Tortillas are part of the daily diet for millions of Mexicans in the form of tacos, and wraps for a variety of foods such as beans and chicken.
For many poor families, tortillas are the main source of calories but prices have climbed steeply across Mexico in recent weeks. The La Jornada newspaper reported prices reaching 30 pesos ($2.72) a kilogramme in Durango state, representing a 400 per cent increase from 6 pesos (54 cents) in November.
The minimum wage in Mexico is about $4.50 a day and, according to the government, about half of the country's 107 million citizens live in poverty.
Angry housewives have shouted at Calderon at public appearances this week and Andres Manuel Lopez Obrador, who narrowly lost last July's presidential election to Calderon said "The tortilla has never cost so much in the country's history."
|"I don't care if they have to bring it from thousands of kilometres"|
Mexico, considered by many archeologists as the birthplace of corn, now imports much of the grain from the United States, where prices rocketed 80 per cent to their highest levels in a decade last year because of demand for corn-based ethanol fuel.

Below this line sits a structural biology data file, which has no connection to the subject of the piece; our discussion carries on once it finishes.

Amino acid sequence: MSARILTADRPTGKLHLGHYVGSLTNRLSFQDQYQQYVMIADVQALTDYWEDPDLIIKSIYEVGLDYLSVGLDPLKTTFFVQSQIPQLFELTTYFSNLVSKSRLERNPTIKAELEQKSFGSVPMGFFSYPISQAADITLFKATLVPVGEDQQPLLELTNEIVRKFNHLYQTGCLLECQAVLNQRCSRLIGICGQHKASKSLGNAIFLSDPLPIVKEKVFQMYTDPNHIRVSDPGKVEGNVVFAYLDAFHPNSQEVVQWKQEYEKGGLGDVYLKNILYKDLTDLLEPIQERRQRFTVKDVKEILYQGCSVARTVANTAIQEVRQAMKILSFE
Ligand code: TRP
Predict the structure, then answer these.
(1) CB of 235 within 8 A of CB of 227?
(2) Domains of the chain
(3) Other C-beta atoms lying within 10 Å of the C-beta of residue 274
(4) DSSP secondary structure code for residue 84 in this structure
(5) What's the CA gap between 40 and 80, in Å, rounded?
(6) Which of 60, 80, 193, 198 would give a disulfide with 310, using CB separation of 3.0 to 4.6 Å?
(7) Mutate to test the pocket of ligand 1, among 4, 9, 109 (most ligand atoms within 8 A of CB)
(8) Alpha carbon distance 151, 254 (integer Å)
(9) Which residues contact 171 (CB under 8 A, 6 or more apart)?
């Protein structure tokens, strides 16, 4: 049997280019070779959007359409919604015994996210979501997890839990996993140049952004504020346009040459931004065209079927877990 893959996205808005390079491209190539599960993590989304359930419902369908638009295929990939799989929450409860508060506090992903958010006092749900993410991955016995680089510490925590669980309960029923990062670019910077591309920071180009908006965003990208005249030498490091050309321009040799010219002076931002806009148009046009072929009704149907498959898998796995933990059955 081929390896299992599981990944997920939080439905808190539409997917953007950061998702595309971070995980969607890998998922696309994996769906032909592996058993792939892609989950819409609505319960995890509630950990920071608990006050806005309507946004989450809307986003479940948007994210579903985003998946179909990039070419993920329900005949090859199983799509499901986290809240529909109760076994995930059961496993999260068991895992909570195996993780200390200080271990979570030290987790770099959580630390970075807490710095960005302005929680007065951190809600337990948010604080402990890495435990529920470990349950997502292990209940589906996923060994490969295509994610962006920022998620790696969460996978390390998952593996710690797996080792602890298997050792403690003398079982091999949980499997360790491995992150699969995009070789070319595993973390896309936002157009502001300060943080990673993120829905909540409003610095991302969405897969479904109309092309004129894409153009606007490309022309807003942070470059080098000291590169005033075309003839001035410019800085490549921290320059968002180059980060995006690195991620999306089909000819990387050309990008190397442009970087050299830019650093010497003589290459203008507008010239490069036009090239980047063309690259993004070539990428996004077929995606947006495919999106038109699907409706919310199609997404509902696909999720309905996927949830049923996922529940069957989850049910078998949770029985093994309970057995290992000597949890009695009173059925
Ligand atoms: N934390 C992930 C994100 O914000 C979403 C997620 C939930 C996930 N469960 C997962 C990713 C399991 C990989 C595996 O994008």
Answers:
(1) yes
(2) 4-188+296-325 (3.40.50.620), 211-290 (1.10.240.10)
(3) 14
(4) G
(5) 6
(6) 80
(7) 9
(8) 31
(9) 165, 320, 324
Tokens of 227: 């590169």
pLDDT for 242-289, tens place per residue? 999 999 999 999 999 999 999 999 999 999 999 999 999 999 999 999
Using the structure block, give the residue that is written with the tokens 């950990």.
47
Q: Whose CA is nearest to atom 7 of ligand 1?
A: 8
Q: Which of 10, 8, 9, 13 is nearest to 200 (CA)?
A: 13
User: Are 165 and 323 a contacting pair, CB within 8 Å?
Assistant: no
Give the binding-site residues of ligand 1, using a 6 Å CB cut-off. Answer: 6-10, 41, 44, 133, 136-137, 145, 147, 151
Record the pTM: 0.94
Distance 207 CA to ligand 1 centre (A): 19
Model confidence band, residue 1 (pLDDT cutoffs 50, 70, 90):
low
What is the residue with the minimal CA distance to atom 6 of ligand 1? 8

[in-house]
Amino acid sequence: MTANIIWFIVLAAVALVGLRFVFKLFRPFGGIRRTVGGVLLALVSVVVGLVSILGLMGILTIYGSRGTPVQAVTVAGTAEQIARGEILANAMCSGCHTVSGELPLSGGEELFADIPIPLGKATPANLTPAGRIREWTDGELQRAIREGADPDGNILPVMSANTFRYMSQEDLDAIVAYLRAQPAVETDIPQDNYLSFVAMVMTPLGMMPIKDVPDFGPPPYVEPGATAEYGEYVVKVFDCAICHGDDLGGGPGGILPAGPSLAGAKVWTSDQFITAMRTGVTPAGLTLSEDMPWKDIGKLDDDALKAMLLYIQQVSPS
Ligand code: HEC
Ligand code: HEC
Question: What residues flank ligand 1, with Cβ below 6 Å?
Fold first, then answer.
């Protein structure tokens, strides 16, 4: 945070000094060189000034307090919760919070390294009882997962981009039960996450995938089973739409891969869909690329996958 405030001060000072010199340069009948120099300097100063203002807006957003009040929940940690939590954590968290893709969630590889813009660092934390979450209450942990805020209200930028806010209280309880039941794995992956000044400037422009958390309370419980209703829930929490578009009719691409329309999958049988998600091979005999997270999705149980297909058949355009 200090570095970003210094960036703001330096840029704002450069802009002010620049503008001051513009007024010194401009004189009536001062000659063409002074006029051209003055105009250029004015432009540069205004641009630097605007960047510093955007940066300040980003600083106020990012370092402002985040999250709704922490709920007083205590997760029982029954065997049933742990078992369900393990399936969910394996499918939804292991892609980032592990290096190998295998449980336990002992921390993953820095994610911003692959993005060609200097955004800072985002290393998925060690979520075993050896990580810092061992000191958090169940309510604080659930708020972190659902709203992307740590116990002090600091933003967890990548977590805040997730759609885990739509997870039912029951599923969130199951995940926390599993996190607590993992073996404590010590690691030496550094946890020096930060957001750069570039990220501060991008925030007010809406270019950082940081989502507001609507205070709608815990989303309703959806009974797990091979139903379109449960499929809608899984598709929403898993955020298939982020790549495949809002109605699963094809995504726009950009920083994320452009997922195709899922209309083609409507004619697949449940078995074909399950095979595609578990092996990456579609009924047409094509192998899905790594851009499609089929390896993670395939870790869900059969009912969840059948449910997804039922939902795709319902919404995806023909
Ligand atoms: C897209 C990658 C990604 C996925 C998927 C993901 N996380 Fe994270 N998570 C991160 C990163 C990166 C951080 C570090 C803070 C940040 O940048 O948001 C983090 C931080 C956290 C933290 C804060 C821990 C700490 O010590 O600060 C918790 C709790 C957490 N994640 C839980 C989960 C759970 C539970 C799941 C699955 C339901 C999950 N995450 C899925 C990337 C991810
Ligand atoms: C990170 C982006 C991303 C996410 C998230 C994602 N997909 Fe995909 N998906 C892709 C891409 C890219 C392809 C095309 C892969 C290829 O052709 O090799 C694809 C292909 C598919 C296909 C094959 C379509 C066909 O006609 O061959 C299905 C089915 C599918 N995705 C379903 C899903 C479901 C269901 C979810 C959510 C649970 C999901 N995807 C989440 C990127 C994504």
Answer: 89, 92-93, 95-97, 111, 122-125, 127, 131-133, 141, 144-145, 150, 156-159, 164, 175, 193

One of Calderon's main priorities since taking office in December has been to try to convince poor Mexicans he has their interests at heart.
He promised to clamp down on price speculators, hold down the price of some corn flour sold by the government and look elsewhere for cheaper grain to import.
"I don't care if they have to bring it from thousands of kilometres, what matters is that this is not an argument to raise prices," he said while on a tour in the state of Veracruz.
But he could come into conflict with some of his key supporters in big business after the Federal Competition Commission regulatory body said it will launch an investigation into tortilla prices.
"The objective of the investigation is to determine whether there is any collusion to fix prices, restrict amounts of the goods or divide markets between competitors," it said.
Mexico lifted price controls on tortillas in the 1990s, and is unable to directly fix the cost of the foodstuff.
Mexican consumers also are coping with higher prices for other staples. The cost of white bread and fresh fruit and vegetables all rose more than inflation in 2006, according to the central bank.
The tortilla increase outpaced inflation and minimum wage hikes of about 4 percent for the past year.